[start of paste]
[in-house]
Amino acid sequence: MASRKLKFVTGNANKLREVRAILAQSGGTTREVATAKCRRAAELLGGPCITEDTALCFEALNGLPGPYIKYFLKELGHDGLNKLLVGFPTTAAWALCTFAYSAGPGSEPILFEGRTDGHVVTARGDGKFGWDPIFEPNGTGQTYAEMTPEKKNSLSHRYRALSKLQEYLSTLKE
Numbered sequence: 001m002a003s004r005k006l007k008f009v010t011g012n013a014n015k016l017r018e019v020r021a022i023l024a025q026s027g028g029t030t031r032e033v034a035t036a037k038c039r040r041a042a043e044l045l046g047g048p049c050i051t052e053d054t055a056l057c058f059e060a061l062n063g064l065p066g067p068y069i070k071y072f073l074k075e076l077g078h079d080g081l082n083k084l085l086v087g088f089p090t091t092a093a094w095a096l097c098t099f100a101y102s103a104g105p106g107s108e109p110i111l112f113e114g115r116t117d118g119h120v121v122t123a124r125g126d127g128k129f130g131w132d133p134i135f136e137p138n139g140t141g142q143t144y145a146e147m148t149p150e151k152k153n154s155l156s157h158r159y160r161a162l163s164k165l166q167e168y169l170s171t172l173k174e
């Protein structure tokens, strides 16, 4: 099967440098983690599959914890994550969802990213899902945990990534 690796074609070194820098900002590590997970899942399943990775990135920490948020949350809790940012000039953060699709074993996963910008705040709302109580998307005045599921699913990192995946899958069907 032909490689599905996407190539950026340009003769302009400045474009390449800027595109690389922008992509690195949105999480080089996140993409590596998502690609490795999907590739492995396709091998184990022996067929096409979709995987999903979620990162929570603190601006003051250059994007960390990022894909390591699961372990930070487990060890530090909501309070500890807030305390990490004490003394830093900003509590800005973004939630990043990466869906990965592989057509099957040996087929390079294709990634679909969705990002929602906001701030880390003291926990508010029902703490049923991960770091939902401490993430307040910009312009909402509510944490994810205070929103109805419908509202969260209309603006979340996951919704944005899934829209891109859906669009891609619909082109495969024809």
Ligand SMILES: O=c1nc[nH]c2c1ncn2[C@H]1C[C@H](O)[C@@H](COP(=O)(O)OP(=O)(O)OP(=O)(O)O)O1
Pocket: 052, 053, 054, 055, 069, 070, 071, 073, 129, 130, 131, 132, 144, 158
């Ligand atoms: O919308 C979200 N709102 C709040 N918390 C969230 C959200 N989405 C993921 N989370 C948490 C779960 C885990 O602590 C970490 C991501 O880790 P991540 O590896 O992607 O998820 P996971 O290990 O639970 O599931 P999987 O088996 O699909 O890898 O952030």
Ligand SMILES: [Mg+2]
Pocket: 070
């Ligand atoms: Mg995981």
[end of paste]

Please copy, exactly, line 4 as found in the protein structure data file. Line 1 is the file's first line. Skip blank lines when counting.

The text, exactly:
């Protein structure tokens, strides 16, 4: 099967440098983690599959914890994550969802990213899902945990990534 690796074609070194820098900002590590997970899942399943990775990135920490948020949350809790940012000039953060699709074993996963910008705040709302109580998307005045599921699913990192995946899958069907 032909490689599905996407190539950026340009003769302009400045474009390449800027595109690389922008992509690195949105999480080089996140993409590596998502690609490795999907590739492995396709091998184990022996067929096409979709995987999903979620990162929570603190601006003051250059994007960390990022894909390591699961372990930070487990060890530090909501309070500890807030305390990490004490003394830093900003509590800005973004939630990043990466869906990965592989057509099957040996087929390079294709990634679909969705990002929602906001701030880390003291926990508010029902703490049923991960770091939902401490993430307040910009312009909402509510944490994810205070929103109805419908509202969260209309603006979340996951919704944005899934829209891109859906669009891609619909082109495969024809």